Tuesday, 8 October 2013

The year on Bardsey so far, Steve Stansfield reveals all.

Patch birding for me is something of an occupational hazard as an Observatory warden living on an island. So when the Patchwork team got the blog up and running I was fired up for taking part.
January and February saw me on the mainland, so Ben Porter (Bardsey's youngest resident birder, aged 16 and still at 'school' on Bardsey) stormed in front.
When I returned to the island in March I began to claw a few bits back on Ben, but I realised that my professional position gave me little, if any, advantage. These days I have two assistants who do most of the census/fieldwork and I have become quite desk-bound dealing with the red-tape and bureaucracy that comes along with running a bird observatory on a NNR that is largely funded by a countryside agency - and Ben gets out in the field more than the average 16 year old!
April saw Ben way ahead and in the top three in the Welsh mini-league, whilst I struggled to get away from the bottom. May and early June were marginally better, with the likes of Rosefinch and Golden Oriole and two self found six pointers for me in Honey Buzzard and Marsh Warbler, but I dipped in good style on two different Subalpine Warblers and the first potential 12 point bird of the year in the form of Wales' fourth Paddyfield Warbler, amongst other things such as Turtled Dove, Grey Plover. Dipping rather than ticking appeared to be the way I was heading.
July saw me off the island for much of the month for a family holiday and meetings, picking up some good birds on other peoples patches, but not mine! By now Ben was tearing ahead leaving me second from bottom in the league.
August saw a lack of new birds too, with just a handful of one and two point birds being added, like Med Gull and Crossbill. Now I was beginning to get embarrassed. I was the only 'professional’ birder in the welsh league and fourth from bottom. Ben was in Second place in the league with 165 points from 123 species and I was on a pityful 80 points from a 63 species, just 29% of my comparative total!
However, September began and my admin jobs had been put aside, dealing only with the absolute necessary stuff that came along. My bins had been dusted and boots had been waxed! The chase was on. I began to get back some of the commoner migrants I had missed in spring, then more migrants began to appear. By mid month I had managed to get a score well into three figures with species like Knot, Curlew Sandpiper, Ruff , Greenshank and Green Sand. A Melodious Warbler added a further three points, but on my way to see that I bumped into a self found Common Rosefinch, adding three points for a self found one to the three points for one seen in May. Soon Seabirds were the order of the month, and with Long-tailed Skua (plus the 3 commoner ones), Black-throated Diver, Leach's Petrel, Sooty and Balearic Shearwaters all self finds my score was beginning to look something like respective. Then late one afternoon BANG my first mega bonus came flying by in the form of Bardsey's second ever Fea's Petrel, panic, shouting and a burst of birding turret's! 12 points in the bag. Unfortunately Ben missed the bird, so he was 12 points down there, he had however managed Sabine's Gull which I missed, but he had clawed back several of the other seabirds.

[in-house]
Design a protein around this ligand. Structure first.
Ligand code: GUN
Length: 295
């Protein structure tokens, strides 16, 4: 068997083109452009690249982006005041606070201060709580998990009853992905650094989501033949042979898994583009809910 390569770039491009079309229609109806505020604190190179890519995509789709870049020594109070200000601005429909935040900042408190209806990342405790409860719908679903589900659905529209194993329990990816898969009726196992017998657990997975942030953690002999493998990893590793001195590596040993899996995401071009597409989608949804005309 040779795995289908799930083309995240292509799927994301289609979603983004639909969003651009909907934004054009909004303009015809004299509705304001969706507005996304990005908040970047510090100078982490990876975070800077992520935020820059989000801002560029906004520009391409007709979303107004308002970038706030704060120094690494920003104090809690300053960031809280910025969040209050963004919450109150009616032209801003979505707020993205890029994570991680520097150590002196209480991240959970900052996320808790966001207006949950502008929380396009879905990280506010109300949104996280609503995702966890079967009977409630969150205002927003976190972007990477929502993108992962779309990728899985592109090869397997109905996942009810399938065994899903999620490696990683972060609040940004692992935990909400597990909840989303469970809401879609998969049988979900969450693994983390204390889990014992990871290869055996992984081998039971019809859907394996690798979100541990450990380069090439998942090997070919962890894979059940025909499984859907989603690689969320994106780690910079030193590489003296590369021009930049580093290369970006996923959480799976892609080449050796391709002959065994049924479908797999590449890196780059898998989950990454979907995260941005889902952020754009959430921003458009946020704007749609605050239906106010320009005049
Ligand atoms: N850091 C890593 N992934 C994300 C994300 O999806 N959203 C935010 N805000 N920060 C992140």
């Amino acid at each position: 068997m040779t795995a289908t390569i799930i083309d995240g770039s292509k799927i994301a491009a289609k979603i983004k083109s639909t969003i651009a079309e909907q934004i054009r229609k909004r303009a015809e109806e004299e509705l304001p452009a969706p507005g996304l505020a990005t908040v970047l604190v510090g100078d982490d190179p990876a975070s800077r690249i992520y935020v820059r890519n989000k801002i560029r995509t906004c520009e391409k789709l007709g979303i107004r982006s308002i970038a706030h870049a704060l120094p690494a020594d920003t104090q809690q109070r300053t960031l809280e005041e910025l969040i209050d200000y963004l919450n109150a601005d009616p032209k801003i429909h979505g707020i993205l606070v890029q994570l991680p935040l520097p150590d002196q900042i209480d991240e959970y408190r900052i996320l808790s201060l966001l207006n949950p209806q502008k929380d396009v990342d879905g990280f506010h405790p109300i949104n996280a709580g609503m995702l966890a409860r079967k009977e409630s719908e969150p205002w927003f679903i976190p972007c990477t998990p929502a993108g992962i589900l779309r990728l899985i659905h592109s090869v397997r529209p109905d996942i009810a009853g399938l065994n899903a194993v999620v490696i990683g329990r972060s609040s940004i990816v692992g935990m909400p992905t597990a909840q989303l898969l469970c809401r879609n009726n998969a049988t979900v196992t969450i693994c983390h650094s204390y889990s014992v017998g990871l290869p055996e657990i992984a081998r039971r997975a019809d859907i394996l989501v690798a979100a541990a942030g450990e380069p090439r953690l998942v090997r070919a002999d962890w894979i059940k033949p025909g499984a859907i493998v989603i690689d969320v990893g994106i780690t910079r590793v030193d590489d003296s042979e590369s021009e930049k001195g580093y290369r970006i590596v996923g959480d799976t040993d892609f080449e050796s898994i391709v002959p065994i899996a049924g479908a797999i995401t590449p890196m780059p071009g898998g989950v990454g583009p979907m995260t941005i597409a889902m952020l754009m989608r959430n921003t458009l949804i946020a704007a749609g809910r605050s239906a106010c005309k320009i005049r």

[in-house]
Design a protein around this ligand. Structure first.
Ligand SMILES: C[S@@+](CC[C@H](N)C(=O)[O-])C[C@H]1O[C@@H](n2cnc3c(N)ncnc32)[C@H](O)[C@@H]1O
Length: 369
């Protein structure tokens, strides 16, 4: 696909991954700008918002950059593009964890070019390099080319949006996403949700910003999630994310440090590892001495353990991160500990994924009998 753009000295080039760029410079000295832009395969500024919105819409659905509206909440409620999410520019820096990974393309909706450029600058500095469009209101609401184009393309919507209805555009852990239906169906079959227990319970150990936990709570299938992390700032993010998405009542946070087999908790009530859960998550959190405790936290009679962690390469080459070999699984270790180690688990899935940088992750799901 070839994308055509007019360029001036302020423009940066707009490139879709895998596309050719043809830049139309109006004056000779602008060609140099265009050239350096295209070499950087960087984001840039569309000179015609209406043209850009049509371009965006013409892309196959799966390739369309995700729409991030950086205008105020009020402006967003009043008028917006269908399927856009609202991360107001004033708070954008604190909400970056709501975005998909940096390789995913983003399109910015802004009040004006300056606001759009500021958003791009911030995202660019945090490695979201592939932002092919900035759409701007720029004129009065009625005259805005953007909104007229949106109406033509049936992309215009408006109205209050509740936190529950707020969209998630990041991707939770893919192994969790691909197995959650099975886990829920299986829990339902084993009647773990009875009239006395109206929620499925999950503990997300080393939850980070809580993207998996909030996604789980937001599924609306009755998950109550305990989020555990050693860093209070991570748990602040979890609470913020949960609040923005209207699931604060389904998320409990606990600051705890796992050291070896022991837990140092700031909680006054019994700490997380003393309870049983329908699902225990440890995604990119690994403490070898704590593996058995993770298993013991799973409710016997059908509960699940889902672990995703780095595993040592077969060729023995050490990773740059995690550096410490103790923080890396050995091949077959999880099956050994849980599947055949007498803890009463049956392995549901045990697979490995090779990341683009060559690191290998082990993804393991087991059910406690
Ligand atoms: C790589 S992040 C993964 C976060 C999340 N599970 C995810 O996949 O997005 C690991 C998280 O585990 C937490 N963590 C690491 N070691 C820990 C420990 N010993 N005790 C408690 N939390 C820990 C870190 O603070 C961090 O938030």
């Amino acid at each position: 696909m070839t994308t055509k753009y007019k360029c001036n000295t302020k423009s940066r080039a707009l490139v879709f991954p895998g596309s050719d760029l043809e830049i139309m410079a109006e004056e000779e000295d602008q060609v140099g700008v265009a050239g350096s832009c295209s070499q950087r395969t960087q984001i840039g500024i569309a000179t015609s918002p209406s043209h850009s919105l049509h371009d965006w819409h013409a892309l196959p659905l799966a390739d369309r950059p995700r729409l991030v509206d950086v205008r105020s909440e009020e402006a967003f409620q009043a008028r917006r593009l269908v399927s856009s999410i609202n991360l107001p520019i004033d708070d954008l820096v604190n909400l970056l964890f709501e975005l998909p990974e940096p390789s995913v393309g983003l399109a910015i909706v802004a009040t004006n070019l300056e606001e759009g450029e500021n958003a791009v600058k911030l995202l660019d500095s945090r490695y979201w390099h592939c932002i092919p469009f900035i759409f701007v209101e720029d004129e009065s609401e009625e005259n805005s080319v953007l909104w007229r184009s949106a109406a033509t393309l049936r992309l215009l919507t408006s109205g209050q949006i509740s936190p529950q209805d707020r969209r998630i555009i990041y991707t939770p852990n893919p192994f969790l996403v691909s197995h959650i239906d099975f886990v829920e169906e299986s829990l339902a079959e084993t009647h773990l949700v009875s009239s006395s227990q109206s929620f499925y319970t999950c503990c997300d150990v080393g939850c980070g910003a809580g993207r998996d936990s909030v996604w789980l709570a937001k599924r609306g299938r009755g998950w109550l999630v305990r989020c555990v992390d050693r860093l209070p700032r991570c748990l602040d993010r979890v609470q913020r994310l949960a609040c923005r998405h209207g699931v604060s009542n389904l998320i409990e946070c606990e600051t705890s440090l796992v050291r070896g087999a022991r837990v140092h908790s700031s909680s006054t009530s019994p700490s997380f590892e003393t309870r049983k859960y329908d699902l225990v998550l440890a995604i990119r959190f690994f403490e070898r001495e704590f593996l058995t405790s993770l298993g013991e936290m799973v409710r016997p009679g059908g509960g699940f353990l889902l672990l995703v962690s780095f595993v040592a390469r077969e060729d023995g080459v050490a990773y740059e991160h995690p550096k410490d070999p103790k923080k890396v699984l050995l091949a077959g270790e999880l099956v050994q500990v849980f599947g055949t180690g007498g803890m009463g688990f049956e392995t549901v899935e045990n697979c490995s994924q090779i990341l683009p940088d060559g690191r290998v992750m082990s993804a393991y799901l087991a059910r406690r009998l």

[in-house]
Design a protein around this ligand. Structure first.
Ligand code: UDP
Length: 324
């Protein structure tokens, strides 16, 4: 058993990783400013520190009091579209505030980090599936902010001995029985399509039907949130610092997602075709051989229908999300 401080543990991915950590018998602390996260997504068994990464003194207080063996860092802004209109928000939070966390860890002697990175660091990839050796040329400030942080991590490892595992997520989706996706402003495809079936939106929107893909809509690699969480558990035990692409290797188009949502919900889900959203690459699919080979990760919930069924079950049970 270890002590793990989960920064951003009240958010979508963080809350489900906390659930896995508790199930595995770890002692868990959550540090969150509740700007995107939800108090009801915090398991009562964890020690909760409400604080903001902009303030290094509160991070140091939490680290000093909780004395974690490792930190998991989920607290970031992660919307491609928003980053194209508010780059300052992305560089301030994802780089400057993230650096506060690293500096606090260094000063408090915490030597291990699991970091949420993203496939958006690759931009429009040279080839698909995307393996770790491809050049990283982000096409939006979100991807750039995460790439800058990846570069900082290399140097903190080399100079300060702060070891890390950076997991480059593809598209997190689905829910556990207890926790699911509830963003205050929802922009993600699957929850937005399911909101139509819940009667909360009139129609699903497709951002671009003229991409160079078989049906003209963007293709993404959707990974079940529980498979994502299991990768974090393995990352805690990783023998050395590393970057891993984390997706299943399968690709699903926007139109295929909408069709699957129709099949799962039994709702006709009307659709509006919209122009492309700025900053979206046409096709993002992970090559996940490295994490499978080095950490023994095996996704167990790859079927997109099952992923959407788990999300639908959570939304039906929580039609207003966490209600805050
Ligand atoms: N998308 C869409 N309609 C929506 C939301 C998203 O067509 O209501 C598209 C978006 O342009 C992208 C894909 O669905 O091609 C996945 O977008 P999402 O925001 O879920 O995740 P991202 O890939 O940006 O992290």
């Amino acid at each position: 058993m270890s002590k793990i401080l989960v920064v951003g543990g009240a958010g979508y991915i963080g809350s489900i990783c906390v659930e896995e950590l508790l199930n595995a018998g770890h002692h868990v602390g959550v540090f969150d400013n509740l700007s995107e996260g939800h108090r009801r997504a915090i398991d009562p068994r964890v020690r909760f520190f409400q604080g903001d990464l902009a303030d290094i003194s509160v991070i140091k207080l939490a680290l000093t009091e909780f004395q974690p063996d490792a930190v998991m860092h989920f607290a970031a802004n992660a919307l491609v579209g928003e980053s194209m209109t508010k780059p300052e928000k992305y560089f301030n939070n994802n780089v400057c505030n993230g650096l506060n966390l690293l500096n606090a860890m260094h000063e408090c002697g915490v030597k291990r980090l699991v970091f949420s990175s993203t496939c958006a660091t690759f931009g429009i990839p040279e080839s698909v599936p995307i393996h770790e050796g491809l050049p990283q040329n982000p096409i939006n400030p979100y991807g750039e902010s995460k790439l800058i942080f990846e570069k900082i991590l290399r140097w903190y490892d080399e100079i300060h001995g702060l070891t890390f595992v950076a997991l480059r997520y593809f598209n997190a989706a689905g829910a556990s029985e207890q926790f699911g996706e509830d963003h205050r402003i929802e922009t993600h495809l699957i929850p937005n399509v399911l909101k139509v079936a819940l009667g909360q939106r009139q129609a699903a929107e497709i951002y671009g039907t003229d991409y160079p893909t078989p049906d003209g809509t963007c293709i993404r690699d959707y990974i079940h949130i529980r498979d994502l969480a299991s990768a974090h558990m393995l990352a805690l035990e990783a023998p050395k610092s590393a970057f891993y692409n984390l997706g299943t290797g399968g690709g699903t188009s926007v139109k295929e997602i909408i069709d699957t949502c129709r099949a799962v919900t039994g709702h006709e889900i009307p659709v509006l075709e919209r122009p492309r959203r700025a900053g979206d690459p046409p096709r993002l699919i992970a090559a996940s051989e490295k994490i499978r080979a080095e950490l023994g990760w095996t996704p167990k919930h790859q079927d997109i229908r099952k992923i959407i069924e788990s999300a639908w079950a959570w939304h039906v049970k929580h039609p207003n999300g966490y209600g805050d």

As the wind calmed there were several nice eastern migrants arriving. A male Red-breasted Flycatcher added three points on a rather wet and claggy Saturday evening. Shortly after running for a Wryneck to give another three points the following morning, I heard the autumn's first Yellow-browed Warbler calling- another six points. The following day, Ben and I went to see the Male RBF and both simultaneously found a first winter RBF mobbing a Wryneck!; more points. A radio message about a Turtle Dove then saw me running back down the island to see this now very rare dove. I was beginning to rack up the points but get exhausted too.
Over the next few days migrants continued to arrive and three more points came this time with a self found Wryneck, and then a late afternoon stroll with my wife and son to pick wild mushrooms saw us bump into yet another self found mega bonus and a 12 point Siberian Stonechat.
Siberian Stonechat, Bardsey
By the end of September I was well and truly off the bottom of the Welsh league, and had overtaken Ben who had been ordered back into his classroom after his six weeks holiday. Ben is still not too far behind and could quite easily sneak a few good bird points in the remaining three months of the year, but for now my two self found mega bonus (16 extra points) and 24 scarce bonus have helped add to my overall tally of 270 points from 153 species. I'm hoping that October will continue where September finished with plenty more points to come, with common species such as Brambling, Snow and Lapland bunting still to be had, the the regular scarcities like Richard's Pipit, Grey Phalarope and Sabine's Gull still to come.
STOP PRESS. Another 3 points for Sabine's Gull yesterday 7 October, but dipped on RB Merg and the first Richard's Pipit of the autumn! Comparative total now stands at 100.36% on the past two years! and still four weeks or more of migration to come.....

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